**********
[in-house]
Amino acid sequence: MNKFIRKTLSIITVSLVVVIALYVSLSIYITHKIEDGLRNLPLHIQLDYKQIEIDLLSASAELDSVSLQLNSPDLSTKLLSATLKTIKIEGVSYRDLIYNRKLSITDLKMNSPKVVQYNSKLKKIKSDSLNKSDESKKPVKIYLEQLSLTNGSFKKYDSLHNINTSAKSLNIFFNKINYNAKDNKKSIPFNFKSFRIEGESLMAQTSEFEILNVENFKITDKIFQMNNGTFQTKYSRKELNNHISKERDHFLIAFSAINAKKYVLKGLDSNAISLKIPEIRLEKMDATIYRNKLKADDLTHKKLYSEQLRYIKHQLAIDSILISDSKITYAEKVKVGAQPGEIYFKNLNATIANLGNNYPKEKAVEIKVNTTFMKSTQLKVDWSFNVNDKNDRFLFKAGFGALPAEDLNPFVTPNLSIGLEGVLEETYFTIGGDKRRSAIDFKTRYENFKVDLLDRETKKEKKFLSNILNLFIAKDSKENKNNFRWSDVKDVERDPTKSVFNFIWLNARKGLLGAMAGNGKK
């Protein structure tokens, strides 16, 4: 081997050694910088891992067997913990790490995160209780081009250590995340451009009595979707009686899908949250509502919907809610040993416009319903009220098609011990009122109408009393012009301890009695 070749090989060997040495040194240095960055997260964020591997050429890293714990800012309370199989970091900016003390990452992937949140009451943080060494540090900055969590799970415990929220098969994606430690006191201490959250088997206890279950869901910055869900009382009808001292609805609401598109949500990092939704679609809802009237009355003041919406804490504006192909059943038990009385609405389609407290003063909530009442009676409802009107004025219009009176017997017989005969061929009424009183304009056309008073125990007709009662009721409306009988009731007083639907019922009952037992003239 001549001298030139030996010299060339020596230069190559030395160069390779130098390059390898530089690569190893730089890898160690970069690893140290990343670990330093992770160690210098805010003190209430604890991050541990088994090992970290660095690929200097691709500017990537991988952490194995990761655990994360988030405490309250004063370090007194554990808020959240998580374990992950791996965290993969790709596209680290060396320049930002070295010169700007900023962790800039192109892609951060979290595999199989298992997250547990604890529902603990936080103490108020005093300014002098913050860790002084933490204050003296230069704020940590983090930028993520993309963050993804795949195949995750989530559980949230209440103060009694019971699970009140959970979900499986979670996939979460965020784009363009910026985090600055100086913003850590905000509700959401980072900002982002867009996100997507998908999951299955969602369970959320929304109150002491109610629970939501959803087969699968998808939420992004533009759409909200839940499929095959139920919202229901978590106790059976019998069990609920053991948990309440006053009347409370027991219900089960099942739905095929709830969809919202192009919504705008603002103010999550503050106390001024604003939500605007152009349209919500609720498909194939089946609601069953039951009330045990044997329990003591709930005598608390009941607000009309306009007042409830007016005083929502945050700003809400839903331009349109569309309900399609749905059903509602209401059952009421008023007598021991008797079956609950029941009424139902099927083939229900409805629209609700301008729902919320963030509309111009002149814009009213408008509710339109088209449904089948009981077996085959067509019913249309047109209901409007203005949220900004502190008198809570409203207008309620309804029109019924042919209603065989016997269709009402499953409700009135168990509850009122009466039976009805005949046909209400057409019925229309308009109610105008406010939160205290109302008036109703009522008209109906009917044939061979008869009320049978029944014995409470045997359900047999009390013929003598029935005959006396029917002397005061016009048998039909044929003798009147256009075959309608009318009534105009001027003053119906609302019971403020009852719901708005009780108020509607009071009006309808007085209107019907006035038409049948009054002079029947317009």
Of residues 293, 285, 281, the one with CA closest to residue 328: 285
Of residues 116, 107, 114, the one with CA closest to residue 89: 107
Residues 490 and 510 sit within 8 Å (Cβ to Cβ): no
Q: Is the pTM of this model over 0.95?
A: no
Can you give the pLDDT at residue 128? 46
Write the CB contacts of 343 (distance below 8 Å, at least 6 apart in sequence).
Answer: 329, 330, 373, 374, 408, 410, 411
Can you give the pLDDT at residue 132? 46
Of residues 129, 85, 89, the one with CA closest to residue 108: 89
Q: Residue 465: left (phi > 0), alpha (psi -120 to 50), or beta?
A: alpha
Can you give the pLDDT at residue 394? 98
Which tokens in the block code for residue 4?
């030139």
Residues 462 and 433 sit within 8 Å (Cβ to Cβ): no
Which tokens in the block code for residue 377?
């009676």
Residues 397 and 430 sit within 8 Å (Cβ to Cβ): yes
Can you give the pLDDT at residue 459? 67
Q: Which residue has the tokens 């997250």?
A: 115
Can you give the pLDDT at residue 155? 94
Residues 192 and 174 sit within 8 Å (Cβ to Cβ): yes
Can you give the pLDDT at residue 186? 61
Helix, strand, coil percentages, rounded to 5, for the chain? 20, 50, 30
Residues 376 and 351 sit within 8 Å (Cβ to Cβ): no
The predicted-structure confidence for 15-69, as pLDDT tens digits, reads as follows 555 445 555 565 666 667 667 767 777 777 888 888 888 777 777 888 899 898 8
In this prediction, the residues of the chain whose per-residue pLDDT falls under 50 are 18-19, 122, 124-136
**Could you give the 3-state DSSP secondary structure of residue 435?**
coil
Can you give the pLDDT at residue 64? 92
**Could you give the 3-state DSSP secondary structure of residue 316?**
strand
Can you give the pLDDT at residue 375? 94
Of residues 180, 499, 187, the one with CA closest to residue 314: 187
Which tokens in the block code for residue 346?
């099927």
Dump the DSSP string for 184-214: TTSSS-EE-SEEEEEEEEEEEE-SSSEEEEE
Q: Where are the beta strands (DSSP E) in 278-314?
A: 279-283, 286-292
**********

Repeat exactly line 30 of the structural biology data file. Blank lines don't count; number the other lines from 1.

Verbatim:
Residues 376 and 351 sit within 8 Å (Cβ to Cβ): no